FamiLinx is a scientific resource of curated genealogical, demographic, and basic phenotypic data
from tens of millions of people mostly from the last 500 years.
Different from traditional studies, this resource is the product of an ultra crowd-sourcing approach
and is based on the collaborative work of genealogy enthusiasts
around the world who documented and shared their family stories.
The starting point of FamiLinx was the public information on Geni.com,
a genealogy-driven social network that is operated by MyHeritage.
Geni.com allows genealogists to enter their family trees into the website
and to create profiles of family members with basic demographic information such as sex, birth date, marital status, and location.
The genealogists decide whether they want the profiles in their trees to be public or private.
New or modified family tree profiles are constantly compared to all existing profiles, and if there is high similarity to existing ones,
the website offers the users the option to merge the profiles and connect the trees.
With permission from MyHeritage, we only downloaded the public profiles
of individuals from Geni.com for future scientific studies.
We used graph algorithms to clean the data and organize the pedigrees into fast accessible formats.
We also employed natural language processing to tokenize birth, residence, death,
and burial locations of individuals and converted this information into
quantitative longitude and latitude. The format of the FamiLinx data is
an SQL database and users can create their own local copy with the download package.
We also provide a Python API to query the database with advanced functions for pedigree analysis.
For privacy purposes, the resource does not contain any names and any
attempt to re-identify the users is strictly prohibited.
The main advantage of FamiLinx is its ultra-large pedigrees.
The largest pedigree has 13 million individuals.
To the best of our knowledge, this is the largest pedigree compiled for scientific studies.
An example of a (small) FamiLinx pedigree of 6,000 people that spans over 7 generations:
Green nodes denote individuals and red nodes denote marriages
Migration patterns detected in our data:
The database has 43,589,566 individuals whose records are organized in 5 tables described below:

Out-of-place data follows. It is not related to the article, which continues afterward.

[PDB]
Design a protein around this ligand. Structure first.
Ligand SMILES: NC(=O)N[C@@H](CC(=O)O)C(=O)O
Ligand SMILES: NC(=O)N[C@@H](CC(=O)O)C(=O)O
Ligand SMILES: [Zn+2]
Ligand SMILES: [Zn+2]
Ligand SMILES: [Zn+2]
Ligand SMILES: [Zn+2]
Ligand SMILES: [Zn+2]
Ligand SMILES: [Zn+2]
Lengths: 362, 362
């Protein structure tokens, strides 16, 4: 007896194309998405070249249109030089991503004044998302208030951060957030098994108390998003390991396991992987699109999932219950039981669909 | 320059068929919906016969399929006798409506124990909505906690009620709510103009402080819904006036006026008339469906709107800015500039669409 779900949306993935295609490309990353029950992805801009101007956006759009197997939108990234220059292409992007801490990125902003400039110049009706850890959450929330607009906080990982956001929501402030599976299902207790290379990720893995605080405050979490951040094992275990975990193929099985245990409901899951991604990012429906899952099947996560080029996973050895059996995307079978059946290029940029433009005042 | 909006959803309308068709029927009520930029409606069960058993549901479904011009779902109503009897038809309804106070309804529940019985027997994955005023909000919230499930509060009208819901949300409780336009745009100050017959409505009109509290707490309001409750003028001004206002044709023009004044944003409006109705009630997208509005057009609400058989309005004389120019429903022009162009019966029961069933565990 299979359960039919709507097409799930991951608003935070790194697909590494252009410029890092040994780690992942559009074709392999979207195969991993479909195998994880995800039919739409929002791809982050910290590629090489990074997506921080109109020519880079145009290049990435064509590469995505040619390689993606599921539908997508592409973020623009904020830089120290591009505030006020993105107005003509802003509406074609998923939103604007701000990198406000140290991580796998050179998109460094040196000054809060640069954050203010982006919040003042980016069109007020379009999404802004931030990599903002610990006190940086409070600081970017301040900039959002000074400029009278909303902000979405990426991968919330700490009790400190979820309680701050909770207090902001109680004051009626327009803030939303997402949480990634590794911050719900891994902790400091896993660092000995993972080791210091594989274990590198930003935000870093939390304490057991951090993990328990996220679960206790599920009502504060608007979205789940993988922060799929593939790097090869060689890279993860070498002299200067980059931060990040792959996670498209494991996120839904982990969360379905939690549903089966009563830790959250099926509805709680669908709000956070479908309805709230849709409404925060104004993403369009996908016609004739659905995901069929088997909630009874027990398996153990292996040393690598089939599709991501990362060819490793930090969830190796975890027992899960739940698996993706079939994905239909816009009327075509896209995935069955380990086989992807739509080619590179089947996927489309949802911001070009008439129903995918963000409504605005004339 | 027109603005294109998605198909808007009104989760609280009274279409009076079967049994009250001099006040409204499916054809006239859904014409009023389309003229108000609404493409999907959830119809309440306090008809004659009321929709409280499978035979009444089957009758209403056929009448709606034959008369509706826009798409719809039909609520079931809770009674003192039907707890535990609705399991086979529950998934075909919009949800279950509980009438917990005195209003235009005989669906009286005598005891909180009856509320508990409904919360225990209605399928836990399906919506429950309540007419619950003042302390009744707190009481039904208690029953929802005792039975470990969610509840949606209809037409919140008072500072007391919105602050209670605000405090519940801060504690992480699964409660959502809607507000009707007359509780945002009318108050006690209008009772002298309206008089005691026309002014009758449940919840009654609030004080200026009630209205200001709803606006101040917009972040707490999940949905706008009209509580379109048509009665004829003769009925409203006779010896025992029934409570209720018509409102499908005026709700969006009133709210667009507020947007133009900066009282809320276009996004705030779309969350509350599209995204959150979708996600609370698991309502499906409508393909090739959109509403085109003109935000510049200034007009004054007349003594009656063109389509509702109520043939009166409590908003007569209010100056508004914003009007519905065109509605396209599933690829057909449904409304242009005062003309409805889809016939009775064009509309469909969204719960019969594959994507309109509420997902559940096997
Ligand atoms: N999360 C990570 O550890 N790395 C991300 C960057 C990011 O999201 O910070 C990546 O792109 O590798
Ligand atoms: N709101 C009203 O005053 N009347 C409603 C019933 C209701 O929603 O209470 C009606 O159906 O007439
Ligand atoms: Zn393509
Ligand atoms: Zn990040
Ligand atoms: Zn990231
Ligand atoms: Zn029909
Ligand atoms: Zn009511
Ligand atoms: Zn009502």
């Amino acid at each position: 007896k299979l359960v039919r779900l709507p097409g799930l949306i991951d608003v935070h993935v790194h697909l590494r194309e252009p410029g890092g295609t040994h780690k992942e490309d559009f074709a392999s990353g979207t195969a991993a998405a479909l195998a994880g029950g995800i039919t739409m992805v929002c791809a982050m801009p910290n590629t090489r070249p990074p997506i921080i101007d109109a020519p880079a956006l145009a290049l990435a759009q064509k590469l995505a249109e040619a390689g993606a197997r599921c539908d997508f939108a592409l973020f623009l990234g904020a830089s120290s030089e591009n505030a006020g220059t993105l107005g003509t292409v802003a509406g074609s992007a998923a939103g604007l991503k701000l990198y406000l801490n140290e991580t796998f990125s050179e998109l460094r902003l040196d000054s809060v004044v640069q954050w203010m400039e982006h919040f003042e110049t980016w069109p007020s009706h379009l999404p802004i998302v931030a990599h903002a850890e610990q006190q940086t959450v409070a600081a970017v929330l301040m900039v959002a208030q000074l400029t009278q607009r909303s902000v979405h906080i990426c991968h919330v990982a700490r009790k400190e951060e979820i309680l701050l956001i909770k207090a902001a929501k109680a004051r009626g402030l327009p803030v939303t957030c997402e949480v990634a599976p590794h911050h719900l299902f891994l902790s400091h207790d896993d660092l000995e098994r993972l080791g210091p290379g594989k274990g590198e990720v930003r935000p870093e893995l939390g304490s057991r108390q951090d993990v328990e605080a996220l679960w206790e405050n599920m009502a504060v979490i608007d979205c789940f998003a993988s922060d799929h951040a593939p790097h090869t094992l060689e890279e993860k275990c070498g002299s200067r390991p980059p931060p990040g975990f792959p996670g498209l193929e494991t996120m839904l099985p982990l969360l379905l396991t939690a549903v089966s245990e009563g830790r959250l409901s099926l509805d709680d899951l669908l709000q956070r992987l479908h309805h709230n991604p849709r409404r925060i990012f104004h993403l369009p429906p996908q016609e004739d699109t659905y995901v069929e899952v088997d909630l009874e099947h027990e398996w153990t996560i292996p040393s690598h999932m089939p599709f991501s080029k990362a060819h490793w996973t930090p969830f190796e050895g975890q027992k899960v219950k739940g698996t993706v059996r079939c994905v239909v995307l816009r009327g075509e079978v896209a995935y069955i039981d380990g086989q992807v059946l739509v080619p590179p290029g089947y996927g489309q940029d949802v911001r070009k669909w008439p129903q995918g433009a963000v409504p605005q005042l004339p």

This table describes the child-parent relationships in the
database and it serves as the interface to the pedigree structure.
To extract a pedigree for an individual one should start with the
individual Id and recursively retrieve parents or children from this table.
Self reported gender of individuals.
This table describes the founders and their statistical properties.
A founder is an individual who has no parents in the database.
For each founder, we report the number of leaves (descendants with no further children),
and the maximum, minimum and median number of
generations in the family subtree induced by each founder.
The location table reports the longitude and latitude birth/residence/death/burial locations of individuals.
We used Yahoo! Geoparser to convert the free text into geographic coordinates.
We also provide the country (based on current political borders) and the continent.
Data is available for 5,404,864 individuals.
This table contains birth and death years for 4,351,044 individuals.
We only included individuals whose original record in Geni had an
exact birthdate / death date in a single day resolution to enhance the quality of the data.
We do not report the exact birthdate/deathdate for privacy reasons.
This table contains the age at death for 1,039,321 individuals.
The information was calculated by substructing the year of death from the year of birth.
We only derived this information for individuals whose exact (i.e. single day resolution) date of birth and date of death was known.
We also provide a Python interface to
access the database and calculate the identity-by-descent (IBD)
and Jacquard's 9 Condensed Coefficients of identity between pairs of individuals.
The interface integrates the database SQL queries with
Mark Abney's IdCoeff program
(Abney, Bioinformatics, 2009).
It is given as part of the download package or can be accessed in